I don't think the variation in case fatality rate, a low of one or 2% in some countries up to 10 or 12%, is a surprise. But on the other hand, I think people felt as we did more testing, the case fatality rate would come down, that you'd end up picking up people who were less sick or asymptomatic and the denominator in this numerator, the number of deaths, versus denominator, would change. But in fact in most countries, as the pandemic continues, even though they expand testing, the case fatality rate has gone up.

That's been true in South Korea. It's been true in Korea. It's been true in Sweden. And I think that surprised me. And I think it's surprising other people. The variation in the case fatality rate, its relationship to the elderly, to individuals with hypertension specifically, is a bit unusual. But the elderly always struggle whenever we have major infectious diseases, so I don't think that's a surprise.

Unger: As you look out into the future, which let's say is the summer and beyond, what is the prognosis from your angle?

Dr. Bauchner: So I think there's a few things. I'm not sure we'll be much further along with clinical treatment. And the reason I say that, an effective treatment will reduce mortality by 20 or 30%, but that would still mean that 70 or 80% of the people who were seriously ill, would die. So I think we will develop effective therapies, but it's not like there'll be a cure. So I think people really need to understand what an effective therapy means.

A vaccine may enter phase two trials as early as in the fall. Weather there'll be a good basis for them to be successful is uncertain. We need more data from phase one trials. I do think we need to sort out what we're going to do around public health.

We had virtually no high quality public health response other than what we've learned from a hundred years of infectious diseases. We were not able to test, we were not able to track and we were not able to quarantine, so we immediately moved from containment to mitigation in terms of social distancing. We don't want to have to do that again in the fall.

People need to go back to work, people need to go back to school and people need to go back to college. And if the pandemic wanes in the coming months, but then there's a recrudescence in the fall, as is often common with respiratory pathogens, this could be a huge struggle.

On the other hand, there's been uncertainty in the way the viruses behave. Most of the models have been largely incorrect, so I do think it remains unclear what will happen in the fall months. But I think it'd be better to be prepared with a public health response than not be prepared.

Unger: Well, last question for you. There are a lot of heroes so far in this pandemic. Who do you look to as the heroes from your end?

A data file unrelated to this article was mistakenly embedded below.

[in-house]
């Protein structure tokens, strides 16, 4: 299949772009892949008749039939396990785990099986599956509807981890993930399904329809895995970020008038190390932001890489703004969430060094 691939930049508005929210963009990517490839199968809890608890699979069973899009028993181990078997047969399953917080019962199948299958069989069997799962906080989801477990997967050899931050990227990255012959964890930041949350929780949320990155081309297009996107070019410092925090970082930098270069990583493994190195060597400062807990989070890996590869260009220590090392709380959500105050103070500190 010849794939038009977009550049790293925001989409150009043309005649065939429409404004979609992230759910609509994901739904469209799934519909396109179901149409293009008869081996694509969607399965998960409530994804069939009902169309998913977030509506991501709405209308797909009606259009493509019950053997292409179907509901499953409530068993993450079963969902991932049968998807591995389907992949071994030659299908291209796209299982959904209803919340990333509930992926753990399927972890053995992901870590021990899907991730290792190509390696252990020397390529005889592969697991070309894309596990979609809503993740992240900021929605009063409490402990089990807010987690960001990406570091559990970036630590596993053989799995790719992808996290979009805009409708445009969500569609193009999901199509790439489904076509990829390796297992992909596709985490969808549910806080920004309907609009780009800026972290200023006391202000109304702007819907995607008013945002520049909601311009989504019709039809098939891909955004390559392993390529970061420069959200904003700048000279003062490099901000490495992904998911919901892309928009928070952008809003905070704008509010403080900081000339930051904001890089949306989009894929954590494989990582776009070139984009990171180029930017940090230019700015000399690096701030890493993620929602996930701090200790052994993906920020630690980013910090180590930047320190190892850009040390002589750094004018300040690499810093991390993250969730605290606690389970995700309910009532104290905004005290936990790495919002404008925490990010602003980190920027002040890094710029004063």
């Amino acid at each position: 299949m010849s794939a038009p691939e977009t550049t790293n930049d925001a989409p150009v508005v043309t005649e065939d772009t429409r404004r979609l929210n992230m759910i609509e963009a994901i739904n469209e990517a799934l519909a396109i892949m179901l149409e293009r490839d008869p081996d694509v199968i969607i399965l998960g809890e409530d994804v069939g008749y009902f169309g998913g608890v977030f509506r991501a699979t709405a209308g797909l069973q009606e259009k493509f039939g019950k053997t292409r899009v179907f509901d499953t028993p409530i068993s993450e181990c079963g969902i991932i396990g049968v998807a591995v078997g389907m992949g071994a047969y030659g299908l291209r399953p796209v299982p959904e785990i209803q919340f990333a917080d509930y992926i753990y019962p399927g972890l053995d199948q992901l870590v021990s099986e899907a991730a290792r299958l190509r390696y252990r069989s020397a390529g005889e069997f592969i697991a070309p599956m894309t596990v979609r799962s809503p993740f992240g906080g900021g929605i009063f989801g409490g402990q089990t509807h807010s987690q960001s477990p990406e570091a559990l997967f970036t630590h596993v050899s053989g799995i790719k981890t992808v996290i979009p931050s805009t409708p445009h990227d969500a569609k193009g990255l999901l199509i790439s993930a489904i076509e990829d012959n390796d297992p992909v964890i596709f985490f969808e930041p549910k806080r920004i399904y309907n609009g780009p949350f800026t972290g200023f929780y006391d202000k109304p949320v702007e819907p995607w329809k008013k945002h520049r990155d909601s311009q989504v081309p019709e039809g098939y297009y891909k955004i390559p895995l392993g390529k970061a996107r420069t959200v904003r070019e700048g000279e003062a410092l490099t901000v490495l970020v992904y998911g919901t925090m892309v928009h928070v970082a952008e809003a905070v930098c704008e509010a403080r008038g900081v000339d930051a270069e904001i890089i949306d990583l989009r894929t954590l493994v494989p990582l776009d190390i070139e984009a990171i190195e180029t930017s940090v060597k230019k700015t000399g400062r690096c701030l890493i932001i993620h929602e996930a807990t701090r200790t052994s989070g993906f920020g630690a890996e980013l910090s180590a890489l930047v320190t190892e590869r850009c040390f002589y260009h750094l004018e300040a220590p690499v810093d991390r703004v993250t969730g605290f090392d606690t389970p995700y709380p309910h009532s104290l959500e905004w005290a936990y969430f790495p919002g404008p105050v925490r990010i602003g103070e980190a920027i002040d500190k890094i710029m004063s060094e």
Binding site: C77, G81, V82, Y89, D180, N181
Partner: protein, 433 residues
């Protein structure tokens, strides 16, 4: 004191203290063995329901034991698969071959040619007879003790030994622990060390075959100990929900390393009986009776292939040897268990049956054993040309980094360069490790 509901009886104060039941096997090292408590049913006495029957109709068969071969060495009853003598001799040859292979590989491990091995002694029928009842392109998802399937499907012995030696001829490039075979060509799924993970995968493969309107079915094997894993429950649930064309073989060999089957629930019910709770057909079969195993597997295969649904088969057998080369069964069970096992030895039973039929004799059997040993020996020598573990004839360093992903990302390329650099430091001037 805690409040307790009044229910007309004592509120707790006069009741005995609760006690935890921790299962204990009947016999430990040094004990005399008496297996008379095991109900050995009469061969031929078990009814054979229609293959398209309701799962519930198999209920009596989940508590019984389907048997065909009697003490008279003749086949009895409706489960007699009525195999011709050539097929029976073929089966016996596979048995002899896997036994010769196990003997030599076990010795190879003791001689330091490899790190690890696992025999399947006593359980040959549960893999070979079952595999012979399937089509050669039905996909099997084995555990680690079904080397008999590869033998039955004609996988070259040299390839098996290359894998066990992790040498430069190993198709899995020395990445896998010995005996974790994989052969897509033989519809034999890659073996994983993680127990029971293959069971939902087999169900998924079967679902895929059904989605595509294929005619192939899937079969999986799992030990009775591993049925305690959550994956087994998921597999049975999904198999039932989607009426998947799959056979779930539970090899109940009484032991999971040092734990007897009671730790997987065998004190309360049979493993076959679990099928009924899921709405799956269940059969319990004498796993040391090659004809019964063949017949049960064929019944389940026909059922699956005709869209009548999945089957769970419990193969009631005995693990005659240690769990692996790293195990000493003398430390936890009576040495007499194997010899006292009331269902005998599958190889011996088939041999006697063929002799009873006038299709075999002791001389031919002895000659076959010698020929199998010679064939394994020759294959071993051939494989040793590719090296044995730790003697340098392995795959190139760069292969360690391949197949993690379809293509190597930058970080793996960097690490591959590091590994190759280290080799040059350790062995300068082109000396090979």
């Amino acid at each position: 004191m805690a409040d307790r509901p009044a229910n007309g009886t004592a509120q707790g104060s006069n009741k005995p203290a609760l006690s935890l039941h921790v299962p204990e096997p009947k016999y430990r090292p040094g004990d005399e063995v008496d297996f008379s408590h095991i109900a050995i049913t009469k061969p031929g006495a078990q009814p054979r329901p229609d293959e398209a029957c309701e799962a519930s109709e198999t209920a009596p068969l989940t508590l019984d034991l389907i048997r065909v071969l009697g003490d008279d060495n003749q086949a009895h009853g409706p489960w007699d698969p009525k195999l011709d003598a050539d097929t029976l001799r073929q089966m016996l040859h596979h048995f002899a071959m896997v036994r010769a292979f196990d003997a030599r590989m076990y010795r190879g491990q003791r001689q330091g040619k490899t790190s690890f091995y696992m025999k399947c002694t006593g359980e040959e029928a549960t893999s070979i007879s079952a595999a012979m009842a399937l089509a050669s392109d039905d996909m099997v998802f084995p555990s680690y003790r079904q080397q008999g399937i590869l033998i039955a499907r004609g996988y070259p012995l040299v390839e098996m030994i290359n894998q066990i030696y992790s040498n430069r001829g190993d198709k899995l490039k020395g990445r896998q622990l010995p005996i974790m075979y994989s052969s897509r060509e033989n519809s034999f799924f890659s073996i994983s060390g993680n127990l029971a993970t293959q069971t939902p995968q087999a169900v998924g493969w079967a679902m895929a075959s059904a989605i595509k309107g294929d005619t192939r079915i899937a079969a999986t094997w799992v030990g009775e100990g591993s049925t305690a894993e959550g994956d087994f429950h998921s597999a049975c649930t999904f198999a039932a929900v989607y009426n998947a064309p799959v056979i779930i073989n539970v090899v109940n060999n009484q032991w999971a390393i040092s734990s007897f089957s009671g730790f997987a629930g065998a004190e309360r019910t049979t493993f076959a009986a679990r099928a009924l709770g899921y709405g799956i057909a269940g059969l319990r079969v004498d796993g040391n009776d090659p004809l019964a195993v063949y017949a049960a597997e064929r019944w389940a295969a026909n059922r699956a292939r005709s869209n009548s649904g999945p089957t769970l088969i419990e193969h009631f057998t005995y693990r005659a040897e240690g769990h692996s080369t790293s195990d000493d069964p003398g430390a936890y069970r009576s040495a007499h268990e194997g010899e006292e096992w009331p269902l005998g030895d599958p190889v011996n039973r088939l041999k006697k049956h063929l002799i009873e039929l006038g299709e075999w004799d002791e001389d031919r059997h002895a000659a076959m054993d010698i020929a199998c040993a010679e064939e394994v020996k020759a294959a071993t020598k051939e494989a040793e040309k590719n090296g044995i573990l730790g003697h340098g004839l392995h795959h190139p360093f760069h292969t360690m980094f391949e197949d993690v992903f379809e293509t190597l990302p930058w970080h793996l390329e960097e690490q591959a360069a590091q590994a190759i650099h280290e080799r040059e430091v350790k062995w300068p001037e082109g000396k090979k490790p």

Dr. Bauchner: Three individuals and one group. Dr. Li Wenliang was, of all things, a Chinese ophthalmologist who, in late December, reports to the Chinese government that he's looking and seeing unusual pneumonias, and he was worried that it represented yet another type of coronavirus. He was censored by the government, and he died six weeks later from the disease.

Obviously, Dr. Anthony Fauci. I've had the privilege of doing four live streams with him. Tony's been active clinically at the NIH and in the United States for over 40 years. He's lived through every modern epidemic and pandemic. He's a world's expert in HIV/AIDS, and I think he's really tried to calm the country when we've been worried. I think he's really tried to insist that we need to make decisions based upon science and evidence. And I've said he belongs on the Mount Rushmore of the NIH.

The last person is Maurizio Cecconi. Maurizio was president-elect of the European Society of Critical Care Medicine. I did a live stream with them about two and a half weeks ago. He was in his scrubs. He had just come out of the ICU. He looked into the camera and, with just extraordinary emotion, told the world that as tsunami was coming. And because he was so well known, it totally galvanized the intensive care units in the United States because he's so well respected. That livestream has a million views. And I think along with Tony and some other people, really made the United States understand we had just an incredible problem coming.

And the last of the thousands to tens of thousands of healthcare workers around the world. Nursing, being a physician, being a respiratory therapist, being a custodian who cleans the rooms, they've distinguished themselves. They've given up their time of threats to their own life, threats to their family life, and sadly, their own lives on occasions. And so to the healthcare workers around the world, I say thank you.

Unger: Well, thank you. And thanks to you and the JAMA and JAMA Network team for the incredible amount of publishing and research that you've undertaken over these last two months. That's it for today's COVID-19 Update.

Thank you again, Howard Bauchner, for being with us here today, and thank you all for tuning in.

Dr. Bauchner: Thanks, Todd. Everyone, stay healthy.